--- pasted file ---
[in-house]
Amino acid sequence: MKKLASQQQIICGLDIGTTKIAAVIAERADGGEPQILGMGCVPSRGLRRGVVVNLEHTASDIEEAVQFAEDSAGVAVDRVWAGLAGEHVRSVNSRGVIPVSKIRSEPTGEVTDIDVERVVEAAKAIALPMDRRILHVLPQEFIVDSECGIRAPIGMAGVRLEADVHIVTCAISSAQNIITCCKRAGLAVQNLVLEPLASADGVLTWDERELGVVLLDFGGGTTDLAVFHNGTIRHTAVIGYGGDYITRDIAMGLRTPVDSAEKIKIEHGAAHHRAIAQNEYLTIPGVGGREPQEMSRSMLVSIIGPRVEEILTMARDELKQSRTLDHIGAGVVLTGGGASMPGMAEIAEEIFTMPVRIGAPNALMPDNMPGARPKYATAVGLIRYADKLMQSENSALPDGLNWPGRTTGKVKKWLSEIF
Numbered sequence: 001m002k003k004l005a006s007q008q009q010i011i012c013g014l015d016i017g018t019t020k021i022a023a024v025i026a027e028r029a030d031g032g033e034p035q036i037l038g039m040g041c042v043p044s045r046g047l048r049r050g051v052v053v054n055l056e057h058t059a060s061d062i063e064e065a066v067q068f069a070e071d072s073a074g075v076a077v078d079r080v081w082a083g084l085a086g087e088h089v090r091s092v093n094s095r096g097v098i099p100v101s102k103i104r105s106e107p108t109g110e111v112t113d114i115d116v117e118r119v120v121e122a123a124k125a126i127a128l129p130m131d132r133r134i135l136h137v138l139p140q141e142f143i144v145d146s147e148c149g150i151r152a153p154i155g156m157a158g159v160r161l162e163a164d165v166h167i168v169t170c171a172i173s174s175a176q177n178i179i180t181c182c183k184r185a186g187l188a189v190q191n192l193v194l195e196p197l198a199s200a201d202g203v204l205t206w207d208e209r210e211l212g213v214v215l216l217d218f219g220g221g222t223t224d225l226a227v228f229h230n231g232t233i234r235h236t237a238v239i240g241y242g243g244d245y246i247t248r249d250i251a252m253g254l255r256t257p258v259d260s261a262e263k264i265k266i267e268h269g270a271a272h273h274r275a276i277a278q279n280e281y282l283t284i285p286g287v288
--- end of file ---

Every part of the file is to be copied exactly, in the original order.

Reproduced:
[in-house]
Amino acid sequence: MKKLASQQQIICGLDIGTTKIAAVIAERADGGEPQILGMGCVPSRGLRRGVVVNLEHTASDIEEAVQFAEDSAGVAVDRVWAGLAGEHVRSVNSRGVIPVSKIRSEPTGEVTDIDVERVVEAAKAIALPMDRRILHVLPQEFIVDSECGIRAPIGMAGVRLEADVHIVTCAISSAQNIITCCKRAGLAVQNLVLEPLASADGVLTWDERELGVVLLDFGGGTTDLAVFHNGTIRHTAVIGYGGDYITRDIAMGLRTPVDSAEKIKIEHGAAHHRAIAQNEYLTIPGVGGREPQEMSRSMLVSIIGPRVEEILTMARDELKQSRTLDHIGAGVVLTGGGASMPGMAEIAEEIFTMPVRIGAPNALMPDNMPGARPKYATAVGLIRYADKLMQSENSALPDGLNWPGRTTGKVKKWLSEIF
Numbered sequence: 001m002k003k004l005a006s007q008q009q010i011i012c013g014l015d016i017g018t019t020k021i022a023a024v025i026a027e028r029a030d031g032g033e034p035q036i037l038g039m040g041c042v043p044s045r046g047l048r049r050g051v052v053v054n055l056e057h058t059a060s061d062i063e064e065a066v067q068f069a070e071d072s073a074g075v076a077v078d079r080v081w082a083g084l085a086g087e088h089v090r091s092v093n094s095r096g097v098i099p100v101s102k103i104r105s106e107p108t109g110e111v112t113d114i115d116v117e118r119v120v121e122a123a124k125a126i127a128l129p130m131d132r133r134i135l136h137v138l139p140q141e142f143i144v145d146s147e148c149g150i151r152a153p154i155g156m157a158g159v160r161l162e163a164d165v166h167i168v169t170c171a172i173s174s175a176q177n178i179i180t181c182c183k184r185a186g187l188a189v190q191n192l193v194l195e196p197l198a199s200a201d202g203v204l205t206w207d208e209r210e211l212g213v214v215l216l217d218f219g220g221g222t223t224d225l226a227v228f229h230n231g232t233i234r235h236t237a238v239i240g241y242g243g244d245y246i247t248r249d250i251a252m253g254l255r256t257p258v259d260s261a262e263k264i265k266i267e268h269g270a271a272h273h274r275a276i277a278q279n280e281y282l283t284i285p286g287v288